Washing Dishes

PID310 Designing Dish v101
I love washing dishes.  Why?  For a number of reasons.  First, I love washing dishes because I can.  Last year, my right arm was broken at the wrist in an ugly car crash.  Now, a broken arm isn’t that big of a deal, right?  Most folks heal up from those relatively quickly and completely.  But I had never experienced anything like it.  So the whole “unable to use one of my limbs” thing was scary for me.  My right arm is my primary arm, my mousing arm, my drawing arm, my butchering leads arm…  So not having it working freaked me out.  I was fortunate to have good care, helpful friends and family, and the option for physical therapy that got me back up to full (almost) operating capacity.  But it took months to get back to doing things in any fashion I was accustomed to.  And for a while, I couldn’t do anything with my right hand.

Once the cast was off and I could immerse my hand in water, I started doing dishes again as part of my physical therapy.  It was very slow going, and painful initially.  But I was so happy that my hand was working again, albeit in a very limited fashion, that washing dishes became something I looked forward to every day.  Soaking my hand in the hot water loosened it up, and the flexing and stretching required to scrub the dishes helped with flexibility and strength.   In spite of the pain, my hand felt better afterward, so doing the dishes nightly helped me accept that I was going to be okay.

Second, washing dishes is a key part of keeping my house in order, which, in turn, is a key part of keeping my mind in order.  That, in turn, is a key part of my successful daily workflow.  Clutter is distracting to me, and buildup of said clutter eventually leads to such a fragmented mind state that eventually I can’t work at all until I stop and clean.  (Okay, that sounds weird.  Don’t worry, read enough of my posts and it’ll stop feeling strange after a while.)  When I wash dishes, as the dishes go from being a disorganized countertop of dirty stuff to a neatly arranged layout of clean stuff, I can feel my mind opening up.  It’s like a cool breeze sweeping through, refreshing and reviving my thinking.  Maybe it’s like Dawn for mind grease…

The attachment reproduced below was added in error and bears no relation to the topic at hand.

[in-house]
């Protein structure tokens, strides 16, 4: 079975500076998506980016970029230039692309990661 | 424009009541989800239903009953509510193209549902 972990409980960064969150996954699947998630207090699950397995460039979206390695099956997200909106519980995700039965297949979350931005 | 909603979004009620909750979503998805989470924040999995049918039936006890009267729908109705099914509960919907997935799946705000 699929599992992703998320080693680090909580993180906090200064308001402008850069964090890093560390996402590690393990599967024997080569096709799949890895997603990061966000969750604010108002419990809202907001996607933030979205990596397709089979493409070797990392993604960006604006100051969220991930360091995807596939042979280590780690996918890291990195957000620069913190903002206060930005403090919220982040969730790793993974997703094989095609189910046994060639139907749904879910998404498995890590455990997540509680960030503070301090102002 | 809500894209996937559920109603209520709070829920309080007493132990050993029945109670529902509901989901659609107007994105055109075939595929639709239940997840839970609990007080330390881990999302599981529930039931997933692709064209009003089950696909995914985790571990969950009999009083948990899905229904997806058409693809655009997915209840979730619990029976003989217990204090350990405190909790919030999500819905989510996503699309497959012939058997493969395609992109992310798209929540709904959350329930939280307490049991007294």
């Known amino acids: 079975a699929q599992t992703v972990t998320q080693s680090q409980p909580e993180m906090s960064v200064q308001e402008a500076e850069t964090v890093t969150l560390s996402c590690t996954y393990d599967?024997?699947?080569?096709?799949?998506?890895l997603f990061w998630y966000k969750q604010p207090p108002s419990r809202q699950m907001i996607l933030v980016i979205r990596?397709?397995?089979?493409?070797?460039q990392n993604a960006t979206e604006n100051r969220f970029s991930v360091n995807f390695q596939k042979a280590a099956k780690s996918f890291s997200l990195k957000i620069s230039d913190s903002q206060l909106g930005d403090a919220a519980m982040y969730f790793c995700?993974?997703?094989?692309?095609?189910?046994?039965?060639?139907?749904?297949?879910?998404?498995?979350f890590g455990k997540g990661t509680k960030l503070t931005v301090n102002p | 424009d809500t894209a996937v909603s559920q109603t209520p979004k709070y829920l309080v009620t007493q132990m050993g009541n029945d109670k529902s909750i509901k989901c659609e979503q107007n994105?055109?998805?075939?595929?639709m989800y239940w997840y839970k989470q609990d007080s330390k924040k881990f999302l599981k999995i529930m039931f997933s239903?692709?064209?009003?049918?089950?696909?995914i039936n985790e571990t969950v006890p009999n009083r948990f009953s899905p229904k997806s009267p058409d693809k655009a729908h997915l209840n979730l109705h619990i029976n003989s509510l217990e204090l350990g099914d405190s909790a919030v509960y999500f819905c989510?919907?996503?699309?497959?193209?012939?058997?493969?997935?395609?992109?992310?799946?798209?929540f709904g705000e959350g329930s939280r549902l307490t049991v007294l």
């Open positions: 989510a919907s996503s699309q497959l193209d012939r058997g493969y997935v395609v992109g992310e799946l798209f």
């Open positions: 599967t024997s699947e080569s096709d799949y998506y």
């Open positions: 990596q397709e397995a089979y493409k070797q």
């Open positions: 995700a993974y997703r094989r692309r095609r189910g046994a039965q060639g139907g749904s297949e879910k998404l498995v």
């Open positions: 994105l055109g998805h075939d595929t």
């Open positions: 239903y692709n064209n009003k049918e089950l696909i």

Third, washing dishes gives me time to ponder.  It can be difficult during the day to find moments to just think.  I’m usually very busy all day long, juggling dozens of objectives.  I welcome that mentally quiet time, and even look forward to it, knowing that I’ll have some time to reflect or plan, that by the end of it my mind will be a bit more clutter-free, and that the kitchen will be ready to go when it’s time to prepare the  next meal.  And on days where it seems I can’t get a single task finished, I can look at the kitchen and feel like I got something done, something that contributes to keeping my life going.

So, what does this have to do with design?  Everything.  There are plenty of tasks related to my work that one could label chores.  Plenty.  There are steps in my process that I don’t enjoy, that I dread because I know they’re going to be a slog.  Thinking about those steps affects the steps directly ahead of them because I start concentrating on the impending arrivals well before their time.  That distracts me from focusing completely on each task at hand.  And that means that my work as a whole may suffer a bit.

To break this cycle, I embrace the steps I dislike.  I actively look for benefits to working through those steps, and each time I start on those tasks, I remind myself of the good things that will come from completing those tasks.  That keeps me happy and stops the grumbling and, in turn, makes my day less stressful and makes my work better.

What steps do you dread in your design work?  What benefits can you find to turn those slogs into strengthening runs?  Can you decide to embrace the tasks you don’t enjoy to experience a positive flow throughout the design cycle?  Give it a shot.  And let me know how it worked out for you.

Thanks for reading!

Rob

P.S.  I wrote this blog while washing dishes this morning.

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